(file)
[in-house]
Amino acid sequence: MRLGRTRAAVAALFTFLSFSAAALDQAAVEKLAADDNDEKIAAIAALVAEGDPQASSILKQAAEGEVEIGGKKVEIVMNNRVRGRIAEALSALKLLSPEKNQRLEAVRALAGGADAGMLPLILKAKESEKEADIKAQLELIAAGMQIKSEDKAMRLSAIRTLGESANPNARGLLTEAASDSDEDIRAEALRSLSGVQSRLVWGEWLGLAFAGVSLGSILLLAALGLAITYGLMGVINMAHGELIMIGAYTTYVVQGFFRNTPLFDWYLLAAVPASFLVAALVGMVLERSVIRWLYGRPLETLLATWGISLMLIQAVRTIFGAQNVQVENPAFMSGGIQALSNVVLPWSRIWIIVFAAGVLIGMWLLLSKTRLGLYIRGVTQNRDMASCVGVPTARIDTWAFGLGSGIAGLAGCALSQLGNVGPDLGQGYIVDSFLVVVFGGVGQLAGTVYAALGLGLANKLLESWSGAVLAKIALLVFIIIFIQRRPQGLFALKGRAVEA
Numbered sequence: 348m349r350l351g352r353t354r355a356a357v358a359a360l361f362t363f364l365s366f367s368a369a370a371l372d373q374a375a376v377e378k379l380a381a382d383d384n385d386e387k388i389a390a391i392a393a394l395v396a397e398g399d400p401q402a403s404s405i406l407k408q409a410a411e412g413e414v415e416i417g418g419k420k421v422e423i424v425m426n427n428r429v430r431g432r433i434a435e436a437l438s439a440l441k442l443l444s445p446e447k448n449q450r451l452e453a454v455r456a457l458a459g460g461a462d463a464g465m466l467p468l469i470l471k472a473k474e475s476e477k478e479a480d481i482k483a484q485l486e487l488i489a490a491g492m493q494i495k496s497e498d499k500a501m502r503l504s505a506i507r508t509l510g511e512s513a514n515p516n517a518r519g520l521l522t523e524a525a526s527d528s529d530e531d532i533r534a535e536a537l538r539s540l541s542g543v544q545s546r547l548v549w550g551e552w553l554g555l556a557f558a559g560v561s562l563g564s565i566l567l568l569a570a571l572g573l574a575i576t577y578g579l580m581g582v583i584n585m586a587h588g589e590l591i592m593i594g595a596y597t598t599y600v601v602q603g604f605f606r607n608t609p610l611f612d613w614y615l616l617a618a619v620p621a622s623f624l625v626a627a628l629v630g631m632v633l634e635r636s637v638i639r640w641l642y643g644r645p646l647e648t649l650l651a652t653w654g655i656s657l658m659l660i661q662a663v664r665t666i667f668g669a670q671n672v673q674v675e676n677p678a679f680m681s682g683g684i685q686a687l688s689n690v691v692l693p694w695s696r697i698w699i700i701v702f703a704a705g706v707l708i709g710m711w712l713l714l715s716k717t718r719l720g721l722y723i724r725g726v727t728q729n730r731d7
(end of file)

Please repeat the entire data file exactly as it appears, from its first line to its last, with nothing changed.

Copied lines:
[in-house]
Amino acid sequence: MRLGRTRAAVAALFTFLSFSAAALDQAAVEKLAADDNDEKIAAIAALVAEGDPQASSILKQAAEGEVEIGGKKVEIVMNNRVRGRIAEALSALKLLSPEKNQRLEAVRALAGGADAGMLPLILKAKESEKEADIKAQLELIAAGMQIKSEDKAMRLSAIRTLGESANPNARGLLTEAASDSDEDIRAEALRSLSGVQSRLVWGEWLGLAFAGVSLGSILLLAALGLAITYGLMGVINMAHGELIMIGAYTTYVVQGFFRNTPLFDWYLLAAVPASFLVAALVGMVLERSVIRWLYGRPLETLLATWGISLMLIQAVRTIFGAQNVQVENPAFMSGGIQALSNVVLPWSRIWIIVFAAGVLIGMWLLLSKTRLGLYIRGVTQNRDMASCVGVPTARIDTWAFGLGSGIAGLAGCALSQLGNVGPDLGQGYIVDSFLVVVFGGVGQLAGTVYAALGLGLANKLLESWSGAVLAKIALLVFIIIFIQRRPQGLFALKGRAVEA
Numbered sequence: 348m349r350l351g352r353t354r355a356a357v358a359a360l361f362t363f364l365s366f367s368a369a370a371l372d373q374a375a376v377e378k379l380a381a382d383d384n385d386e387k388i389a390a391i392a393a394l395v396a397e398g399d400p401q402a403s404s405i406l407k408q409a410a411e412g413e414v415e416i417g418g419k420k421v422e423i424v425m426n427n428r429v430r431g432r433i434a435e436a437l438s439a440l441k442l443l444s445p446e447k448n449q450r451l452e453a454v455r456a457l458a459g460g461a462d463a464g465m466l467p468l469i470l471k472a473k474e475s476e477k478e479a480d481i482k483a484q485l486e487l488i489a490a491g492m493q494i495k496s497e498d499k500a501m502r503l504s505a506i507r508t509l510g511e512s513a514n515p516n517a518r519g520l521l522t523e524a525a526s527d528s529d530e531d532i533r534a535e536a537l538r539s540l541s542g543v544q545s546r547l548v549w550g551e552w553l554g555l556a557f558a559g560v561s562l563g564s565i566l567l568l569a570a571l572g573l574a575i576t577y578g579l580m581g582v583i584n585m586a587h588g589e590l591i592m593i594g595a596y597t598t599y600v601v602q603g604f605f606r607n608t609p610l611f612d613w614y615l616l617a618a619v620p621a622s623f624l625v626a627a628l629v630g631m632v633l634e635r636s637v638i639r640w641l642y643g644r645p646l647e648t649l650l651a652t653w654g655i656s657l658m659l660i661q662a663v664r665t666i667f668g669a670q671n672v673q674v675e676n677p678a679f680m681s682g683g684i685q686a687l688s689n690v691v692l693p694w695s696r697i698w699i700i701v702f703a704a705g706v707l708i709g710m711w712l713l714l715s716k717t718r719l720g721l722y723i724r725g726v727t728q729n730r731d7